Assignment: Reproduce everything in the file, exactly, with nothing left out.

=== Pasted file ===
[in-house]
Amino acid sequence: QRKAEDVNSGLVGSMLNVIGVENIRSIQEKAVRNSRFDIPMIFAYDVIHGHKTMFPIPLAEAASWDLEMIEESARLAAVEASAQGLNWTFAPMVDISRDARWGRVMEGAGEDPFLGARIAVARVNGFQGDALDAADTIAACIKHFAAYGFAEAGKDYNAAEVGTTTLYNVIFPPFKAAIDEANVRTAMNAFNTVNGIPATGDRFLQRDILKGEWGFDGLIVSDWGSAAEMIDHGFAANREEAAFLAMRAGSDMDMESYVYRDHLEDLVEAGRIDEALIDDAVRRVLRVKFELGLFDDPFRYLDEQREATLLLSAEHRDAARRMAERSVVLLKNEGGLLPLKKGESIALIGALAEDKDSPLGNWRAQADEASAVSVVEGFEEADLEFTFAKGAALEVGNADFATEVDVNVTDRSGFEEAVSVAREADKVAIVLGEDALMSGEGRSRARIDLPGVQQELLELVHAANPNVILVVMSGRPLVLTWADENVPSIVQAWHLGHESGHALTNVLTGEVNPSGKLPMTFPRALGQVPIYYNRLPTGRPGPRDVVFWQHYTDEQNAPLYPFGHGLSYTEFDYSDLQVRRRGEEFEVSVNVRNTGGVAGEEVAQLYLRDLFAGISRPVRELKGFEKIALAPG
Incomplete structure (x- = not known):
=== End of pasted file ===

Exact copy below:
[in-house]
Amino acid sequence: QRKAEDVNSGLVGSMLNVIGVENIRSIQEKAVRNSRFDIPMIFAYDVIHGHKTMFPIPLAEAASWDLEMIEESARLAAVEASAQGLNWTFAPMVDISRDARWGRVMEGAGEDPFLGARIAVARVNGFQGDALDAADTIAACIKHFAAYGFAEAGKDYNAAEVGTTTLYNVIFPPFKAAIDEANVRTAMNAFNTVNGIPATGDRFLQRDILKGEWGFDGLIVSDWGSAAEMIDHGFAANREEAAFLAMRAGSDMDMESYVYRDHLEDLVEAGRIDEALIDDAVRRVLRVKFELGLFDDPFRYLDEQREATLLLSAEHRDAARRMAERSVVLLKNEGGLLPLKKGESIALIGALAEDKDSPLGNWRAQADEASAVSVVEGFEEADLEFTFAKGAALEVGNADFATEVDVNVTDRSGFEEAVSVAREADKVAIVLGEDALMSGEGRSRARIDLPGVQQELLELVHAANPNVILVVMSGRPLVLTWADENVPSIVQAWHLGHESGHALTNVLTGEVNPSGKLPMTFPRALGQVPIYYNRLPTGRPGPRDVVFWQHYTDEQNAPLYPFGHGLSYTEFDYSDLQVRRRGEEFEVSVNVRNTGGVAGEEVAQLYLRDLFAGISRPVRELKGFEKIALAPG
Incomplete structure (x- = not known):